My grandpa’s younger brother did not have any grandchildren of his own. While in her late 20s, his daughter – his only child - had made the decision to stay unmarried. She chose to lead a life that was completely dedicated to social activism and writing. Conversations about her marriage were minimal. After a while, they ceased to exist. As far as typical father-daughter interactions in middle class India were concerned, this was as far from the norm as Chennai (my hometown, in India) is from Chicago. After all, this is the land of arranged marriages. But CT never cared much about societal norms. CT – that was short for Chinna Thatha which, in my native language, refers to a grandfather’s younger brother. CT is the kind of nickname that a kid will coin right before filing for creative bankruptcy. I was that kid. But somehow, miraculously, he found it cute and so, the name stuck.
CT was a short man. In small part due to genetics and in no small part due to his lovely wife’s delectable cooking, he was a tad overweight. A lightly starched cotton shirt and a neatly ironed dhoti (a traditional Indian garment) comprised his preferred attire. He applied coconut oil to bring some discipline to the thick shocks of hair that he was blessed with. His ranch house in Chennai was built in the 1960s. I especially loved the pillars near the threshold. It was not an ostentatious home and was beautiful precisely for that reason. The warmth and glow of the home came not just from the large open windows. There was an inexplicable coziness in the off-white, worn-out sofa. CT and his home were not dissimilar to one another. Both derived their richness from their simplicity. Both gave you the feeling that you were a welcome addition to their existence just by virtue of being in their vicinity. Both belonged to an earlier era, yet had aged gracefully, exuding a sense of stability and unfussy perfection.
CT was 44 years older than me. It is a fact – not an opinion, mind you – that I was his favorite among the kids in our extended family! Cricket - the sport, not the insect – was the durable glue that cemented our bond. Both of us loved the game. He got me to be not only passionate about the sport but also think about it deeply. He would occasionally give me some nuggets of wisdom around leadership and teamwork based on his vast knowledge of the game. But since I adored the sport and its players, it never came across as didactic. Plus he was a fabulous raconteur, telling stories with the right mix of facts and spice. One of his favorite stories was that of an Indian cricket team captain who refused to kowtow to the authorities and fought for his team over the miniscule salaries that were paid to the players. The captain paid the price for his recalcitrance and lost his place in the team while the other players got a discernible hike in pay. CT would say that the panjandrums who felt victorious destroying the captain’s career had actually lost a bigger battle. It was years later that I could understand why this story resonated with him. CT had quit his fledgling career as a lawyer because he could not stand the corruption and dishonesty that ran rampant in his practice. He decided that the fight was not worth it because the system would not accommodate the values that he stood for. He later had a fulfilling career as a marketer for an alloy manufacturer.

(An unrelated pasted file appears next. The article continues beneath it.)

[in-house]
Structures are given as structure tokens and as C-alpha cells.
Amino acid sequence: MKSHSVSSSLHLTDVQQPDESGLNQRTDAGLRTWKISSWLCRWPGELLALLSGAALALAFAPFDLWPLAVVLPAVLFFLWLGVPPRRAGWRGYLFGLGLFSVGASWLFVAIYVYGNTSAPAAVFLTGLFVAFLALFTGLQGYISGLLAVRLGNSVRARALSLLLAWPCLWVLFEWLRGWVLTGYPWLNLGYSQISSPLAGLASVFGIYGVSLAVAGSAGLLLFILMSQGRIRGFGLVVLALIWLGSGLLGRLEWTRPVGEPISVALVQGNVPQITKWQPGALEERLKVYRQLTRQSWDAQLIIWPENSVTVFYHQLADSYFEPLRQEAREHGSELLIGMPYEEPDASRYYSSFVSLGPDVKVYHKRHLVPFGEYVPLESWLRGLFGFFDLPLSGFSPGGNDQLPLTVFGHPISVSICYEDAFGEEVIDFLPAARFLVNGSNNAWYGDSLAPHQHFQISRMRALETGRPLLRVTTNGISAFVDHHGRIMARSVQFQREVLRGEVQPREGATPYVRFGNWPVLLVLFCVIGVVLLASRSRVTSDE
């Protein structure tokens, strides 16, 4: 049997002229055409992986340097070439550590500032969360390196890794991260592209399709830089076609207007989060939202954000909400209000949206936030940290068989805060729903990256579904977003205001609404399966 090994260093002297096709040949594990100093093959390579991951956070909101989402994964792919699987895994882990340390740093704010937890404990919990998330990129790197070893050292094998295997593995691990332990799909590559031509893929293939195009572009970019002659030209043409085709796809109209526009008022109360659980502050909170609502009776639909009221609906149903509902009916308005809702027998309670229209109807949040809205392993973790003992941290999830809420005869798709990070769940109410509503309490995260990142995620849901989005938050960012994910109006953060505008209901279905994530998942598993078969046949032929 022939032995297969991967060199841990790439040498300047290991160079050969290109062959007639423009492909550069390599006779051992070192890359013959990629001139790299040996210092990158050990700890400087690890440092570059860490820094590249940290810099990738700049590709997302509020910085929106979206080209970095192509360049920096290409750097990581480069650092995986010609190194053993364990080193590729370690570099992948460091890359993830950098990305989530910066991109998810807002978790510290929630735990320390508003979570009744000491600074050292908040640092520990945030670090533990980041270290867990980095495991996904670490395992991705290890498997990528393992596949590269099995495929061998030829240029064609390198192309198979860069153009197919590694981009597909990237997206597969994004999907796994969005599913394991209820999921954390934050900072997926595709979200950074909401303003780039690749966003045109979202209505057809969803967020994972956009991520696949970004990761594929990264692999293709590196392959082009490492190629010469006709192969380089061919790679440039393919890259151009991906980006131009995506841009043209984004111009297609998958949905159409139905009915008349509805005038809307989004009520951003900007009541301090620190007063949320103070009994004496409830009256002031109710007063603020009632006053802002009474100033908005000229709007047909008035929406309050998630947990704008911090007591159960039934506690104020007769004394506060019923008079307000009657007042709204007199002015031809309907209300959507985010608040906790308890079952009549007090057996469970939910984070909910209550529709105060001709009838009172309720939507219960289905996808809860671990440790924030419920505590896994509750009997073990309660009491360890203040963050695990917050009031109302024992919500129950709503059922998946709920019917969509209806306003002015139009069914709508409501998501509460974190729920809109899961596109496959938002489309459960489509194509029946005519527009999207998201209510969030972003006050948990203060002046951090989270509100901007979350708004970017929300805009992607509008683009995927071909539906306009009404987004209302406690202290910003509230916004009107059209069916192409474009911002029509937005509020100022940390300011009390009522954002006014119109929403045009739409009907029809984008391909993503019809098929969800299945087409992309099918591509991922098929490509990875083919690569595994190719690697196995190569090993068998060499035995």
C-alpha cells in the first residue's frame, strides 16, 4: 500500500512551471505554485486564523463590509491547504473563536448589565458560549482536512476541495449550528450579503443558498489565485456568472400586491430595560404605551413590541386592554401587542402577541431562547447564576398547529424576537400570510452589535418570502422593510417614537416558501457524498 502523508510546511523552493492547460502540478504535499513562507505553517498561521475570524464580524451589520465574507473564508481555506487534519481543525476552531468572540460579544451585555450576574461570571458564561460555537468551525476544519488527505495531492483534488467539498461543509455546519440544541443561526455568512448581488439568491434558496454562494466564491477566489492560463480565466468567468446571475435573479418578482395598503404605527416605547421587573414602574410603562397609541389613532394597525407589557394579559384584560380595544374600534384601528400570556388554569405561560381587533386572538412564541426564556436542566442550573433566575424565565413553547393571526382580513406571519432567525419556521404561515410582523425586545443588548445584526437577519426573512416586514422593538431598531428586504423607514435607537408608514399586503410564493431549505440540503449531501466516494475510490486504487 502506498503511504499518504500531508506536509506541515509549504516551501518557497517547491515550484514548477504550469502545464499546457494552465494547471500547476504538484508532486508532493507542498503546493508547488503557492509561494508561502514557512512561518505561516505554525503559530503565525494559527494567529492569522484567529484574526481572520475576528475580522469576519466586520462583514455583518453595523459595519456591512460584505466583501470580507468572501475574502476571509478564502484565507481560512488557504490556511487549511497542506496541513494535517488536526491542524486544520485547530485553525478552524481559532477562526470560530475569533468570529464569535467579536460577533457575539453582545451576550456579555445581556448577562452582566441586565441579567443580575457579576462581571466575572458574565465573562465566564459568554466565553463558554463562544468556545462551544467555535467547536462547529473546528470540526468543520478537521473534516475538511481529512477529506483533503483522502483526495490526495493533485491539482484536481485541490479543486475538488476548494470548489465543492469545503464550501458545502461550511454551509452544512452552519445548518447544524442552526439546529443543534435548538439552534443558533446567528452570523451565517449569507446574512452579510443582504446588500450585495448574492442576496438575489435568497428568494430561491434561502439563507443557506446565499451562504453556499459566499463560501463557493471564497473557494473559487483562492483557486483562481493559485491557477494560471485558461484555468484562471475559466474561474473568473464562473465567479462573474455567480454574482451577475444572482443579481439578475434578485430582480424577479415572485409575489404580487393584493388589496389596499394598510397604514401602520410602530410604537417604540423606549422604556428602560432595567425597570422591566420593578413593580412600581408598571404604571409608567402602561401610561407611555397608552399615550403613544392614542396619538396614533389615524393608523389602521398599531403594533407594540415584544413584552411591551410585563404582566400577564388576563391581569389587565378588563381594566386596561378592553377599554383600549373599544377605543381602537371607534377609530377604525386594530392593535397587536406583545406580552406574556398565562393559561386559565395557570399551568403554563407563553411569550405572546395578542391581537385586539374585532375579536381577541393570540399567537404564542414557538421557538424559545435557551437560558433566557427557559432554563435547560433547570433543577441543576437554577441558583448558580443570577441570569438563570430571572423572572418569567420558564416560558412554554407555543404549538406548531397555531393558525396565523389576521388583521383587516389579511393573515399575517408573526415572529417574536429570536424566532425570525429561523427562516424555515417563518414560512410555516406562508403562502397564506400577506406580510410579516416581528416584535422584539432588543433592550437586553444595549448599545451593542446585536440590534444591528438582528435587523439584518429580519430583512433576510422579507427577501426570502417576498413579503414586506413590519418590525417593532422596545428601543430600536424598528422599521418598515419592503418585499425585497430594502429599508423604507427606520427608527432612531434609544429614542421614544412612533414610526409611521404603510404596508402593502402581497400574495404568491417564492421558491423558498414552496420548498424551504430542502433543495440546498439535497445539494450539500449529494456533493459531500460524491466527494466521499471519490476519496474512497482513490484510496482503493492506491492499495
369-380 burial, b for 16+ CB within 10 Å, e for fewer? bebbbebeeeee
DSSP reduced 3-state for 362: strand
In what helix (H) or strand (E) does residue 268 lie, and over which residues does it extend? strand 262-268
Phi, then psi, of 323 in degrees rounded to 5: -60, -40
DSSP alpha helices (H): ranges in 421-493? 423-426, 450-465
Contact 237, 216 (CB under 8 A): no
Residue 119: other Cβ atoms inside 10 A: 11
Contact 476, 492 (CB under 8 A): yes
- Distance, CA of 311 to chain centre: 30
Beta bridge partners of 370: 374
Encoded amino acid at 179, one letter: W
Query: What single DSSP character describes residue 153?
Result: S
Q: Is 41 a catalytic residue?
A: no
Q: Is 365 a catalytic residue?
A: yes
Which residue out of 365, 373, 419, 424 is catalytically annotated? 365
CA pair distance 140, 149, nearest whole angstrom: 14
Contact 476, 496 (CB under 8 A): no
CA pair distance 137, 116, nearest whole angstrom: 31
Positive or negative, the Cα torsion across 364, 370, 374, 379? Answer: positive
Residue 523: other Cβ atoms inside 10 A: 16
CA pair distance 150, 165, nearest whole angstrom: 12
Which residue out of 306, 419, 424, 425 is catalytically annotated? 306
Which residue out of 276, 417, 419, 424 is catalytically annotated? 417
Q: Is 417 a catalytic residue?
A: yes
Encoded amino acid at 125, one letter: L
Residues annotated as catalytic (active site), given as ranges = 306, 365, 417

Acceptance. As I think of the one word that I would associate most with CT, it is ‘acceptance’ that scrolls across my mind in font size 72, especially as it relates to his attitude towards his daughter. His unshakable belief was that freedom was not something that he had to give my Aunt. Rather, within the bounds of conscientiousness, he believed that she owned her freedom of thought, choice and expression and he saw it as his duty to not impinge on that. My Aunt’s choices, be it the decision to stay single, have communist leanings or espouse atheism were all unconventional for the mores of the society around her. But CT respected every one of her choices wholeheartedly. He was a deeply pious Brahmin (a subsect of Hindus) but he proudly announced to me one day that my Aunt’s latest book was her best work yet. The book’s title – Towards a Non-Brahmin Millennium. This, coming from a person that spent 45 minutes every morning in his prayer room, was remarkable. The acceptance of the space that he believed was his daughter’s stemmed from a quiet assurance about his own space. That, I believe, was empowerment of a special kind. If I grow up to be half as thoughtful a parent to my son, then I am sure that CT will be happy with my parenting abilities.
On Saturday, January 22, 2005, he stepped out of his house and suddenly collapsed, never to get up. He had had a fatal cardiac arrest. He was 67. Just about the only comforting thought that I have about CT’s rather sudden death is the fact that he did not undergo any suffering. It was an abrupt end to a meaningful chapter in my life. But as we all know, the themes of a book often get established in important chapters.